Main Menu (Mobile)- Block

Main Menu - Block

janelia7_blocks-janelia7_fake_breadcrumb | block
Koyama Lab / Publications
custom | custom

Filter

facetapi-Q2b17qCsTdECvJIqZJgYMaGsr8vANl1n | block

Associated Lab

facetapi-W9JlIB1X0bjs93n1Alu3wHJQTTgDCBGe | block
facetapi-PV5lg7xuz68EAY8eakJzrcmwtdGEnxR0 | block
facetapi-021SKYQnqXW6ODq5W5dPAFEDBaEJubhN | block

Type of Publication

general_search_page-panel_pane_1 | views_panes

2454 Publications

Showing 2141-2150 of 2454 results
Your Criteria:
    03/01/12 | An improved Greengenes taxonomy with explicit ranks for ecological and evolutionary analyses of bacteria and archaea.
    McDonald D, Price MN, Goodrich J, Nawrocki EP, Desantis TZ, Probst A, Andersen GL, Knight R, Hugenholtz P
    The ISME Journal. 2012 Mar;6(3):610-8. doi: 10.1038/ismej.2011.139

    Reference phylogenies are crucial for providing a taxonomic framework for interpretation of marker gene and metagenomic surveys, which continue to reveal novel species at a remarkable rate. Greengenes is a dedicated full-length 16S rRNA gene database that provides users with a curated taxonomy based on de novo tree inference. We developed a ’taxonomy to tree’ approach for transferring group names from an existing taxonomy to a tree topology, and used it to apply the Greengenes, National Center for Biotechnology Information (NCBI) and cyanoDB (Cyanobacteria only) taxonomies to a de novo tree comprising 408 315 sequences. We also incorporated explicit rank information provided by the NCBI taxonomy to group names (by prefixing rank designations) for better user orientation and classification consistency. The resulting merged taxonomy improved the classification of 75% of the sequences by one or more ranks relative to the original NCBI taxonomy with the most pronounced improvements occurring in under-classified environmental sequences. We also assessed candidate phyla (divisions) currently defined by NCBI and present recommendations for consolidation of 34 redundantly named groups. All intermediate results from the pipeline, which includes tree inference, jackknifing and transfer of a donor taxonomy to a recipient tree (tax2tree) are available for download. The improved Greengenes taxonomy should provide important infrastructure for a wide range of megasequencing projects studying ecosystems on scales ranging from our own bodies (the Human Microbiome Project) to the entire planet (the Earth Microbiome Project). The implementation of the software can be obtained from http://sourceforge.net/projects/tax2tree/.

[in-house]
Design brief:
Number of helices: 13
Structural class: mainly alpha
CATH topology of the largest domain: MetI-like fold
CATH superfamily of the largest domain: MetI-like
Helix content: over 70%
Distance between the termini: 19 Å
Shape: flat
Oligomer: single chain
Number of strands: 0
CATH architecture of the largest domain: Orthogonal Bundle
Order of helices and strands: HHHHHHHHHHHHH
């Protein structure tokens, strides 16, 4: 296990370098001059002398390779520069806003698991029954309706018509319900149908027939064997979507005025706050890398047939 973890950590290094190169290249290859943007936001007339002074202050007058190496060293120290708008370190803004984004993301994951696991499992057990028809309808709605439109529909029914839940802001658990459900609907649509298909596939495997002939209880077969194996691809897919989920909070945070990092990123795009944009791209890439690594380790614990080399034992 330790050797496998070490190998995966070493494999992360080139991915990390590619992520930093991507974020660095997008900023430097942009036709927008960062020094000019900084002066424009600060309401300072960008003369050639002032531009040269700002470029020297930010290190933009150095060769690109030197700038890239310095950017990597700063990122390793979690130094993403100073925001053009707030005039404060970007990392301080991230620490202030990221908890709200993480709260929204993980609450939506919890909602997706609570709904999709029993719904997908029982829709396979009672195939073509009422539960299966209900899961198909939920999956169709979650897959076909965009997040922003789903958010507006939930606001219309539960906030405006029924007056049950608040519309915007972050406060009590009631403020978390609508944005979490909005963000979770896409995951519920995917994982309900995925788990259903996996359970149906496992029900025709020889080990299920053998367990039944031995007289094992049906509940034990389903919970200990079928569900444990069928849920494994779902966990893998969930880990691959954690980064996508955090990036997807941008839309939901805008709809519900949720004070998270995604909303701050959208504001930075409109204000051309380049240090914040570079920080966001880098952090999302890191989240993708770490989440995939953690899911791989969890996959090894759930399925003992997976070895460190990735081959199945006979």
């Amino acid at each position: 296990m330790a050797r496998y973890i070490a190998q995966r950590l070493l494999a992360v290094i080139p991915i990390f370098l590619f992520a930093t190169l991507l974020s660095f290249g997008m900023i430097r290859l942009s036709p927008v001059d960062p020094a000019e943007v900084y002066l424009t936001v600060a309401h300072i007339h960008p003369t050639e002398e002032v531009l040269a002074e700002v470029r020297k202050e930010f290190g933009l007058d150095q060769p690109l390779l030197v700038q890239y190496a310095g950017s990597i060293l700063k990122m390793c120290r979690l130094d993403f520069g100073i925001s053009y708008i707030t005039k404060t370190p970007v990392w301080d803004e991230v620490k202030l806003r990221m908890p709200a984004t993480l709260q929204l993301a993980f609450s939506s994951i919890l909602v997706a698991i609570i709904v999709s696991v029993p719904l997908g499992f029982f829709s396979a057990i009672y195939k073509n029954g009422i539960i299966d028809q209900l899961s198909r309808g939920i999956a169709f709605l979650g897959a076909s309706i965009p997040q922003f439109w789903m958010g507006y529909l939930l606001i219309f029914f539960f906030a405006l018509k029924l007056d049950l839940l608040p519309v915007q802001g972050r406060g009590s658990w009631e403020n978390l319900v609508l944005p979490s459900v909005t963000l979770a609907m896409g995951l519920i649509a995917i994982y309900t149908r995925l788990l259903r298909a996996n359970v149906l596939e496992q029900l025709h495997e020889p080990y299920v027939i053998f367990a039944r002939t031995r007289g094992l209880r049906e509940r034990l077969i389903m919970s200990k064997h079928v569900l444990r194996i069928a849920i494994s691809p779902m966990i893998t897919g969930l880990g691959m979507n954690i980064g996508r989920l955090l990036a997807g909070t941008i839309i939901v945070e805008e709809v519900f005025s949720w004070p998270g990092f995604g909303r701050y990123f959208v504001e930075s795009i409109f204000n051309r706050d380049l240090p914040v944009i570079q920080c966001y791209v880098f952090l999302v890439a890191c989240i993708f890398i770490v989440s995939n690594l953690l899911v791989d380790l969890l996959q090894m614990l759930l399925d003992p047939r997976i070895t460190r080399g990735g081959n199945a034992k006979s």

View Publication Page
    Pastalkova Lab
    03/01/12 | Implantable blood pressure monitoring cuff for small laboratory animal.
    Pais R, Duttaroy A, Wolever J, Dobbs M, Pastalkova E
    Microsystems for Measurement and Instrumentation (MAMNA), 2012. 2012 Mar:. doi: 10.1109/MAMNA.2012.6195099

    Continuous monitoring of blood pressure in laboratory animals is necessary to understand the effect of treatments for cardiovascular related conditions, such as hypertension. Current methods to measure laboratory rat blood pressure require the animal to be constrained. Our proposed method is a small implantable device which fits around the carotid artery of the rat. Initial data from a mock rat artery setup, with equivalent artery pressure as found in the rat, show that the cuff design effectively detects the pressure change inside the mock artery.

    View Publication Page
    Looger LabSvoboda LabLeonardo LabGENIE
    02/29/12 | A Cre-dependent GCaMP3 reporter mouse for neuronal imaging in vivo.
    Zariwala HA, Borghuis BG, Hoogland TM, Madisen L, Tian L, De Zeeuw CI, Zeng H, Looger LL, Svoboda K, Chen T
    The Journal of Neuroscience. 2012 Feb 29;32:3131-41. doi: 10.1523/JNEUROSCI.4469-11.2012

    Fluorescent calcium indicator proteins, such as GCaMP3, allow imaging of activity in genetically defined neuronal populations. GCaMP3 can be expressed using various gene delivery methods, such as viral infection or electroporation. However, these methods are invasive and provide inhomogeneous and nonstationary expression. Here, we developed a genetic reporter mouse, Ai38, which expresses GCaMP3 in a Cre-dependent manner from the ROSA26 locus, driven by a strong CAG promoter. Crossing Ai38 with appropriate Cre mice produced robust GCaMP3 expression in defined cell populations in the retina, cortex, and cerebellum. In the primary visual cortex, visually evoked GCaMP3 signals showed normal orientation and direction selectivity. GCaMP3 signals were rapid, compared with virally expressed GCaMP3 and synthetic calcium indicators. In the retina, Ai38 allowed imaging spontaneous calcium waves in starburst amacrine cells during development, and light-evoked responses in ganglion cells in adult tissue. Our results show that the Ai38 reporter mouse provides a flexible method for targeted expression of GCaMP3.

    View Publication Page